Peter de Jong: In Colombo last April, I recommended to our executive committee that we conduct a comprehensive review of our governance model, taking a close and hard look at all decision-making levels. Our chairman Janice Antonson fully embraced this initiative and will drive it this year. On the premise ‘nothing in, nothing out,’ we’re taking a holistic approach. The aim is to empower and engage each individual member. The challenge then becomes how you organize your decision-making process to achieve a modern, transparent membership association. Our initial executive committee discussions in Hyderabad were most encouraging and a consensus is emerging. In the next sixty days, we’ll submit our first concrete thoughts to the board of directors. Based on their input, we then aim to present a set of proposals to the board in April next year. Again, the premise will be a ‘bottom up’ approach, with member engagement and empowerment. To the extent that our two journalist friends have championed that, we would agree. It will pose a ambitious challenge to the new CEO to help lead that change process.
What are you proud of after seven years at PATA?
Peter de Jong: I am particularly proud that we built our skills to react and assist quickly during the big crises that our industry has endured in recent years. Our communications capability and our recovery support have been of great comfort to our members and destinations. I am also proud of the PATA CEO Challenge. It was a very focused, high-level event, which helped the association reconnect with new generations of decision-makers. CEOs and other industry leaders came prepared to share their best practices, leave their ‘silo,’ and reach out to other industry sectors. I’m delighted that we’ll hold our second CEO Challenge in December of next year, again in Bangkok. But perhaps I’m proudest of the credibility and visibility that PATA’s voice has achieved on the international stage – we’re globally recognized as the authoritative and articulate spokesperson and advocate for the Asia Pacific travel and tourism community.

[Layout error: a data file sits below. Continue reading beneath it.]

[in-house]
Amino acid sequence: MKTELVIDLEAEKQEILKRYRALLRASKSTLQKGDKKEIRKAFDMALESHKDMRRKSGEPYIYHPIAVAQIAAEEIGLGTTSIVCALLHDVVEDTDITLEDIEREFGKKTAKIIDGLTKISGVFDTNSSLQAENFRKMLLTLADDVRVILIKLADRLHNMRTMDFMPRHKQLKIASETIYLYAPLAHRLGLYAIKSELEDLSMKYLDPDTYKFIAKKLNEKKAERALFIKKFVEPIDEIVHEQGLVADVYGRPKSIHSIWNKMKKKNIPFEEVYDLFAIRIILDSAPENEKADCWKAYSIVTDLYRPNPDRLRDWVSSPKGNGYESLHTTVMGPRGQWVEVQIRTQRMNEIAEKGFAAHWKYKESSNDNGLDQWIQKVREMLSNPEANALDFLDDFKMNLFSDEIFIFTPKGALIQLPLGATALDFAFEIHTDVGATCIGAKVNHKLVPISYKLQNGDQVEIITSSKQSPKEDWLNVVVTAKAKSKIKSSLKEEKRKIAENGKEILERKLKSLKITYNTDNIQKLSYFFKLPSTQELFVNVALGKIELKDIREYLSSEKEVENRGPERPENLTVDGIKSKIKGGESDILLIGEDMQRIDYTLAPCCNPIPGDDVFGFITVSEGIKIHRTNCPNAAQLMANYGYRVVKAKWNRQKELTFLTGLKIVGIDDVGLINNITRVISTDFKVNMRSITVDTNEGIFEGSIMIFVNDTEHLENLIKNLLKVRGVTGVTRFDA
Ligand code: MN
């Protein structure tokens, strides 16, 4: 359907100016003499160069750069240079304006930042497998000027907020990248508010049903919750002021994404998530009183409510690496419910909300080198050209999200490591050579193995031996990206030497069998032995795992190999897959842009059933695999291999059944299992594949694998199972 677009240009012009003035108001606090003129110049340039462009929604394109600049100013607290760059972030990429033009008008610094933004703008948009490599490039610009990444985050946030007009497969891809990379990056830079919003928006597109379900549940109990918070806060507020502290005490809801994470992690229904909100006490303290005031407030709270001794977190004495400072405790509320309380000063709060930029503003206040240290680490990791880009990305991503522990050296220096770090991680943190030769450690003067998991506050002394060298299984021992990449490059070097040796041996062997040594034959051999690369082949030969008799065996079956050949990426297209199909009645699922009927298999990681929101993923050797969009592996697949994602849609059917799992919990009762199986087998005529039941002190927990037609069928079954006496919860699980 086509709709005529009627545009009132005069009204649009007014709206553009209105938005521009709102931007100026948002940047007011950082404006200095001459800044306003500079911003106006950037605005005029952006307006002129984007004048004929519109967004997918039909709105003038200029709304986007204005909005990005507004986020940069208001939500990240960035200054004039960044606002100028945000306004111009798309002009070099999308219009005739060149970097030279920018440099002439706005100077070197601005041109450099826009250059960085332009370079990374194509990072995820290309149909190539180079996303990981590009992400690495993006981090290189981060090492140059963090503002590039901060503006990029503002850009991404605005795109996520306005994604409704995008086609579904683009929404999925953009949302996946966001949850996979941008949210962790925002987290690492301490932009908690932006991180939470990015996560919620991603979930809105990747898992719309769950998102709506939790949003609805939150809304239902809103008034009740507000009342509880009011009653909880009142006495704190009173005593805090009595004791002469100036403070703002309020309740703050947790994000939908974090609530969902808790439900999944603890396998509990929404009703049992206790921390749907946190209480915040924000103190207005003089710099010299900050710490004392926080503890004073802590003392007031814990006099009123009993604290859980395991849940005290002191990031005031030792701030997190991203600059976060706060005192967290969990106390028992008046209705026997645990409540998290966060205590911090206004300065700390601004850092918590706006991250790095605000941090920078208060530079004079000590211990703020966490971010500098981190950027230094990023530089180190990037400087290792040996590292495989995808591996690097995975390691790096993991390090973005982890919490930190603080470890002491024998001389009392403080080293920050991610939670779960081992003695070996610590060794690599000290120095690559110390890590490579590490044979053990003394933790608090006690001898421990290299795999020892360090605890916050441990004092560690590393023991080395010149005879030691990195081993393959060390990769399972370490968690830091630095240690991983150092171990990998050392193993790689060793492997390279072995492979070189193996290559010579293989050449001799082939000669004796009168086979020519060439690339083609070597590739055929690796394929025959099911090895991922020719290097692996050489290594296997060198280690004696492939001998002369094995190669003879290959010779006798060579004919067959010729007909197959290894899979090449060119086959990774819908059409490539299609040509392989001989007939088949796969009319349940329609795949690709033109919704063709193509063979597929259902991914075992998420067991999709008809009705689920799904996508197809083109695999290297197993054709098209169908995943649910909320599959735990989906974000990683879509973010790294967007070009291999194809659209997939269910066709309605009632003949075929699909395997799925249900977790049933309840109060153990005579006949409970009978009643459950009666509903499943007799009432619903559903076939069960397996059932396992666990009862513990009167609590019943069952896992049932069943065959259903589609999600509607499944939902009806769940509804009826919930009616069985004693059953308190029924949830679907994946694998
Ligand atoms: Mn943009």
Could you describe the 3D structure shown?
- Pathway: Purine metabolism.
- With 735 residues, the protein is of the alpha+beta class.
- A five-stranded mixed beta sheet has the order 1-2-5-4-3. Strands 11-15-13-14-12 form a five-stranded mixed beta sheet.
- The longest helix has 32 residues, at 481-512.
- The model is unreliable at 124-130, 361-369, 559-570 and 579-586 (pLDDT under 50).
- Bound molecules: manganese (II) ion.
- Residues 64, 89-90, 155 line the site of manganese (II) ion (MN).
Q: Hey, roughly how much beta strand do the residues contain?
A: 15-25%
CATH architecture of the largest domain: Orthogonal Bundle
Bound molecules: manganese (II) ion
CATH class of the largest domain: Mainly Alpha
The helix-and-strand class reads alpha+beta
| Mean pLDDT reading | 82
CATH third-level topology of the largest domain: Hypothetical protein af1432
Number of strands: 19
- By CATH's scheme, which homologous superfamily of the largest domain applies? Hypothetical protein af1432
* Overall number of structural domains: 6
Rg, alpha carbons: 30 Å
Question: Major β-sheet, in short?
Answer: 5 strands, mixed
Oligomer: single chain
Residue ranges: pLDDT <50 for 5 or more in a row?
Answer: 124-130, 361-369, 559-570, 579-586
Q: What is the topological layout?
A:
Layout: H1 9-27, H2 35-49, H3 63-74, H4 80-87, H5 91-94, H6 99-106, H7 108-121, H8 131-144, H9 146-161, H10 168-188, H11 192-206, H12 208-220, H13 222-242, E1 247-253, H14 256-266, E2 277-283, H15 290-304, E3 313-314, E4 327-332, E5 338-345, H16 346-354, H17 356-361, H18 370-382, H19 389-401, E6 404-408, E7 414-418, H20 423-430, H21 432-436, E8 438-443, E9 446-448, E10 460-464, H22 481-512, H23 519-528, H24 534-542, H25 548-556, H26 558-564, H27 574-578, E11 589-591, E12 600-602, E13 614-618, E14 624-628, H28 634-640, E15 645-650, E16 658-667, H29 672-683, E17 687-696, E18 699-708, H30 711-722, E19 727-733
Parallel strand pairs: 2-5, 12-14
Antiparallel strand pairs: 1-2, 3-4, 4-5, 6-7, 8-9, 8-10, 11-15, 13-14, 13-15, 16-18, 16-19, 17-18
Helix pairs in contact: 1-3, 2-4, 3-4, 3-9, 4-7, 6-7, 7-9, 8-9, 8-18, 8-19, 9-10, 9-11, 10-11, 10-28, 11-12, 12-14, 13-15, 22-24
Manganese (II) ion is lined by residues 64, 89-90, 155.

And your regrets?
Peter de Jong: Perhaps I underestimated the importance of a general membership networking event, a bit like the PATA Annual Conference. We aim to fix that next April when we’ll build up the PAM (PATA Annual Meeting) with features that will engage the rank and file of our membership and our Chapters. I also regret that we did not manage to rejuvenate our Association enough to attract more young executives to join the association and its leadership groups. I’m sorry we haven’t yet found the right formula to properly engage and support our Chapters. All of us leave certain tasks undone, and I’m no exception. But on balance, I leave PATA with a sense of satisfaction and accomplishment.
What were for you, personally, the most memorable moments with PATA?
Peter de Jong: I was thrilled to help open the Association to the notion of ‘total tourism’ – promoting tourism not only ‘to and within,’ but also ‘from’ Asia Pacific. That opened the door to tourist boards in such destinations as the UK, Germany, Abu Dhabi and Dubai – they’re now actively engaged with PATA. On a personal note, PATA gave me the opportunity to discover and appreciate Thailand and its amazing people. I hope to stay in this great nation for many years to come.
Do you think that you will remain involved with the association?
Peter de Jong: Seven years is a long period as CEO of a high-profile, ambitious travel trade association. With fresh ideas and dynamism, my successor will take PATA to new levels of success. As for me, time will tell. Perhaps I’ll resurface as a regular PATA member, taking full advantage of that new member empowerment we’re working on!